Hiring an IT guy - questions to ask

This is an aggregated list of questions discussed for hiring an IT guy for your organization at SpiceWorks community forum. Check out their discussion, and description of what question are good and which ones are not that good.

  1. What port does telnet use?
  2. What is SMTP?
  3. How would you troubleshoot a printer?
  4. How does traceroute work?
  5. Walk me through everything that happens in the network from the moment you punch in www.google.com in the address bar to when the browser displays the page?
  6. Can you work this weekend?
  7. What kind of people are your current users? Do you like them?
  8. What role do you think computer support analysts should play in the company?
  9. Assuming you have to work for a living and all jobs pay the same, how would you describe the job you want?
  10. When conflict arises on your team, how do you handle it?
  11. How do you stay current?
  12. What operating system do you prefer and why?
  13. What part of the project life cycle have you worked on?
  14. Describe the project or situation that best demonstrates your coding (or analytical) skills.
  15. What is the differece between local, global and universal groups?
  16. What is the major difference between FAT and NTFS?
  17. Name the FMSO roles and their functions.
  18. You’ve just been asked to create 20 new Users and update 2 GPOs, ASAP! You go to the Administrative Tools, and discover they are all gone. What do you do? What do you suspect happened?
  19. What is a Global Catalog?
  20. Explain the function of DNS.
  21. Explain a “Two-Way Transitive” trust.
  22. In speaking about trusts, what does “Non-transitive” mean?
  23. Describe the lease process of DHCP.
  24. Explain NTP.
  25. What is the 568B wiring scheme?
  26. What us your highest achievement while working in the IT field?
  27. What are your short term goals to achieve?
  28. You have a user call for support for the 5th time on the same issue. How would you handle the call and what would you do differently?
  29. List as many ways you can think of to move a file from a Windows machine to a Linux machine.
  30. Demonstrate recursiveness by implementing a factorial function.
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11 Comments on Hiring an IT guy - questions to ask

  1. Divya
    Posted 7/8/2008 at 10:45 am | Permalink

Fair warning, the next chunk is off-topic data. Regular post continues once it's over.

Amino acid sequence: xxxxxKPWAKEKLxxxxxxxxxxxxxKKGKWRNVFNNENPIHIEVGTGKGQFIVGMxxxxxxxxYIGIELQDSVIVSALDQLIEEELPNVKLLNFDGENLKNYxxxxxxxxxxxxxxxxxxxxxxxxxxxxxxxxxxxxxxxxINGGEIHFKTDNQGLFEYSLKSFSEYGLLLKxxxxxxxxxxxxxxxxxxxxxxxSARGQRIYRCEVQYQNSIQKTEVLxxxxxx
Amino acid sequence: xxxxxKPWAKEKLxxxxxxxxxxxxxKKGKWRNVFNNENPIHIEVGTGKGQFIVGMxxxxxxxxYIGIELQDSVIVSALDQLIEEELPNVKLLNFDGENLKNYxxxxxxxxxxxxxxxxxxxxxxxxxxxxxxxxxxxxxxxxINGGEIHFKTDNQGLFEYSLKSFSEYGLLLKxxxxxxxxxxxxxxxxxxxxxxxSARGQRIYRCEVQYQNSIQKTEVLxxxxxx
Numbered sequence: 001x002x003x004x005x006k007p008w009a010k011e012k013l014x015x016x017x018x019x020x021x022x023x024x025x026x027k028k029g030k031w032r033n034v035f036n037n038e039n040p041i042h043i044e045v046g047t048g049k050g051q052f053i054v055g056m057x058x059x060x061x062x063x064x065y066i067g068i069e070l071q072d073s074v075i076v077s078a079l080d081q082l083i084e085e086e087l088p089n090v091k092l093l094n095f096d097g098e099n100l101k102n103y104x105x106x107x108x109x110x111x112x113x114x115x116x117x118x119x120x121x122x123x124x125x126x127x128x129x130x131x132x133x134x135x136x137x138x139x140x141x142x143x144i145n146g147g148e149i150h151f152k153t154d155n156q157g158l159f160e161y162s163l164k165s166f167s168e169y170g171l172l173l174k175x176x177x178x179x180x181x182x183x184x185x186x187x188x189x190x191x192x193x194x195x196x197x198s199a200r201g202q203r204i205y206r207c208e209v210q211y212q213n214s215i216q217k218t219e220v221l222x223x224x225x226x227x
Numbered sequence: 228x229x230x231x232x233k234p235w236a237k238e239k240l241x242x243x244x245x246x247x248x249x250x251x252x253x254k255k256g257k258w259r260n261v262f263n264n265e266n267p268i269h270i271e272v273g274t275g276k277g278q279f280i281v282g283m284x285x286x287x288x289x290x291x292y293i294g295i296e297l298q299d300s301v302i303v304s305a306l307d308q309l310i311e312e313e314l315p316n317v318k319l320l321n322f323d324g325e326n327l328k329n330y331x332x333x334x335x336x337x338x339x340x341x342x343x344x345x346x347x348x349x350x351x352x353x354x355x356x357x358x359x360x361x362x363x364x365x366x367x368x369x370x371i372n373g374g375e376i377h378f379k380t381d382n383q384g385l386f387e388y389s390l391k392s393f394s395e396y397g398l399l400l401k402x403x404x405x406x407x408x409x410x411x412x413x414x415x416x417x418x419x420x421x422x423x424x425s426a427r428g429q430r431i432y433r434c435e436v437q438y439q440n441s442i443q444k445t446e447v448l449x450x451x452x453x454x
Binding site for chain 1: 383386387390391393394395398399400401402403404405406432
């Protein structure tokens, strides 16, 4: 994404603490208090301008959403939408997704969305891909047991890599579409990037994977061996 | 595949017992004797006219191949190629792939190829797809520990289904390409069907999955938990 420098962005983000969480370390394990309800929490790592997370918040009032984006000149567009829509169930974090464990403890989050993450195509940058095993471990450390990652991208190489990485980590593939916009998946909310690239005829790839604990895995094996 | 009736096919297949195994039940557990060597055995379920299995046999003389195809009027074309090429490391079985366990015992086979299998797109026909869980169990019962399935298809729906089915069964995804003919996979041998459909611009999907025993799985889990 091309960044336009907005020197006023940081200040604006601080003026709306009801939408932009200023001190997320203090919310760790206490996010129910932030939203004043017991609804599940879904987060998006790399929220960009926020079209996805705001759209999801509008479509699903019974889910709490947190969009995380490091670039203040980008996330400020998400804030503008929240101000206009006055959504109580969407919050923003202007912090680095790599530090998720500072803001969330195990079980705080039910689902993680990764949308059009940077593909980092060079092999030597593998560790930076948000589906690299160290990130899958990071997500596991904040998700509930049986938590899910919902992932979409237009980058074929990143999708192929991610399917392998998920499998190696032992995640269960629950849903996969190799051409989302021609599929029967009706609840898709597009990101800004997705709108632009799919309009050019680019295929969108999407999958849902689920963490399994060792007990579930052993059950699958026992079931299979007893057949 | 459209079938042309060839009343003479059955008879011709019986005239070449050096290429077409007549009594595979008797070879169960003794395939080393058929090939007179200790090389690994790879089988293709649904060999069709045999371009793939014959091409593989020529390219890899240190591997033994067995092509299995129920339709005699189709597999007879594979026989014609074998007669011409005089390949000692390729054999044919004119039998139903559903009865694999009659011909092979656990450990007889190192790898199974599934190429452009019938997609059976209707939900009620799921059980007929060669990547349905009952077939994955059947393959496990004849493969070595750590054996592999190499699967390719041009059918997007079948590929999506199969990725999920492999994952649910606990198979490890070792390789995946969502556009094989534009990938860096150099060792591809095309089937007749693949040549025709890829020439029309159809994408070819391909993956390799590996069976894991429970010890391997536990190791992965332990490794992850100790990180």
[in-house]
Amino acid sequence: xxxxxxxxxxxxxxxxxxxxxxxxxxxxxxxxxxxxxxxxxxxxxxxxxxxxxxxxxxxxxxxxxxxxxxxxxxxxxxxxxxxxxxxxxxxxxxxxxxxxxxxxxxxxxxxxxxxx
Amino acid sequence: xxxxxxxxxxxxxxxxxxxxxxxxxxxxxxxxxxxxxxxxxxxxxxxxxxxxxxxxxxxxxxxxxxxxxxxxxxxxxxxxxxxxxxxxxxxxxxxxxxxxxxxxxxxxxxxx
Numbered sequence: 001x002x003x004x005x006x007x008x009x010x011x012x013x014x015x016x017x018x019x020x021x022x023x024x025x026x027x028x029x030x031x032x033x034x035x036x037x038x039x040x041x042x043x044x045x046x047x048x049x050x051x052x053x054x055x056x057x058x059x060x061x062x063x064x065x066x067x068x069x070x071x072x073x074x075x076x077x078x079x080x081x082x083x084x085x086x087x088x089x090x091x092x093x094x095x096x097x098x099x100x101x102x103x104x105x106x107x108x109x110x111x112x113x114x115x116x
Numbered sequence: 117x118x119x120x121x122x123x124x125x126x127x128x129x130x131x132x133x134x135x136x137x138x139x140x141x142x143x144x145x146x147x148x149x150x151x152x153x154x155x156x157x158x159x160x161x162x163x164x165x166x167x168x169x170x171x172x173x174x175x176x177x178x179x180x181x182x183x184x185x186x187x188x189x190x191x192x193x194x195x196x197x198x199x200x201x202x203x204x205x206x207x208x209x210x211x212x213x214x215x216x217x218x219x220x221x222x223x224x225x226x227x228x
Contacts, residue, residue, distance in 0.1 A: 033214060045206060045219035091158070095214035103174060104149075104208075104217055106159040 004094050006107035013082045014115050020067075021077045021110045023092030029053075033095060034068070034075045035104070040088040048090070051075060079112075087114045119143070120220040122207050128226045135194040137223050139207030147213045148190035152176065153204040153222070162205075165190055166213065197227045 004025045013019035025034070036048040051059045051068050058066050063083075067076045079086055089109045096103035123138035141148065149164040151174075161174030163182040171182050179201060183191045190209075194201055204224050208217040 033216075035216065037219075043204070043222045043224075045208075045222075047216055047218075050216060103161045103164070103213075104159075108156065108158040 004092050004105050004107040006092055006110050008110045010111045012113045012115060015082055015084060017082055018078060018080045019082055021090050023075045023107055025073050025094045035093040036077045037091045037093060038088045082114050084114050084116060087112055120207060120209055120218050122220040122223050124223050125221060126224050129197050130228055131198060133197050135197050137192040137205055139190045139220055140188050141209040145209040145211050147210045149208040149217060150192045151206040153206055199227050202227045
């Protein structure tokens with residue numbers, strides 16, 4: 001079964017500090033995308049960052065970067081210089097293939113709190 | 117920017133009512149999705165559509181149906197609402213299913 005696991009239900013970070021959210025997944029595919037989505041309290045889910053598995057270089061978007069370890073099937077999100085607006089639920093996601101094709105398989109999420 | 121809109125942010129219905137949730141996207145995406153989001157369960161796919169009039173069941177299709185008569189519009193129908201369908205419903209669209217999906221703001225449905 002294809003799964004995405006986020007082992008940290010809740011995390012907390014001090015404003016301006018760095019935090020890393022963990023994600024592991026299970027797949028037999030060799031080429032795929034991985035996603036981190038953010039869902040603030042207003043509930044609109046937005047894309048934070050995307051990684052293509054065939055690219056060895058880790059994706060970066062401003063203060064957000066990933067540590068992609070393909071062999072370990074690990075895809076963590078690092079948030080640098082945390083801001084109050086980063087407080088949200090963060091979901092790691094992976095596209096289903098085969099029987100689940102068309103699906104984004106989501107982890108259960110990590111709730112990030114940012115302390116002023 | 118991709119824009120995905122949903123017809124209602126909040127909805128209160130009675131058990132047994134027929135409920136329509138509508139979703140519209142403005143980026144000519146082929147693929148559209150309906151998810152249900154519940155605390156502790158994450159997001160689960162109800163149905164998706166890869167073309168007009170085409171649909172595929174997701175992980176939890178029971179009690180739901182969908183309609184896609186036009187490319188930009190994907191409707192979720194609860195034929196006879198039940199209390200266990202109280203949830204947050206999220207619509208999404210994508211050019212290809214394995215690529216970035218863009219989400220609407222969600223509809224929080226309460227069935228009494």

Short for Simple Mail Transfer Protocol, a protocol for sending e-mail messages between servers. Most e-mail systems that send mail over the Internet use SMTP to send messages from one server to another; the messages can then be retrieved with an e-mail client using either POP or IMAP. In addition, SMTP is generally used to send messages from a mail client to a mail server. This is why you need to specify both the POP or IMAP server and the SMTP server when you configure your e-mail application.

  2. Fareed
    Posted 7/21/2008 at 1:24 pm | Permalink

    Telnet uses port 23.

  3. priyamenon
    Posted 8/1/2008 at 3:15 am | Permalink

    The main function of DNS is the mapping of IP addresses to human readable names.

    Three main components of DNS

    resolver
    name server
    database of resource records(RRs)

  4. priyamenon
    Posted 8/1/2008 at 3:18 am | Permalink

    The Network Time Protocol (NTP) is a protocol for distributing the universal time (UTC) by means of synchronizing the clocks of computer systems over packet-switched, variable-latency data networks. NTP uses UDP port 123 as its transport layer. It is designed particularly to resist the effects of variable latency by using a jitter buffer.

  5. priyamenon
    Posted 8/1/2008 at 3:21 am | Permalink

    23. DHCP leases are used to reduce DHCP network traffic by giving clients specific addresses for set periods of time.

  6. Shadab
    Posted 10/14/2008 at 2:26 am | Permalink

    When you execute a trace route command (ie trace route http://www.yahoo.com), your machine sends out 3 UDP packets with a TTL (Time-to-Live) of 1. When those packets reach the next hop router, it will decrease the TTL to 0 and thus reject the packet. It will send an ICMP Time-to-Live Exceeded (Type 11), TTL equal 0 during transit (Code 0) back to your machine - with a source address of itself, therefore you now know the address of the first router in the path.

    Next your machine will send 3 UDP packets with a TTL of 2, thus the first router that you already know passes the packets on to the next router after reducing the TTL by 1 to 1. The next router decreases the TTL to 0, thus rejecting the packet and sending the same ICMP Time-to-Live Exceeded with its address as the source back to your machine. Thus you now know the first 2 routers in the path.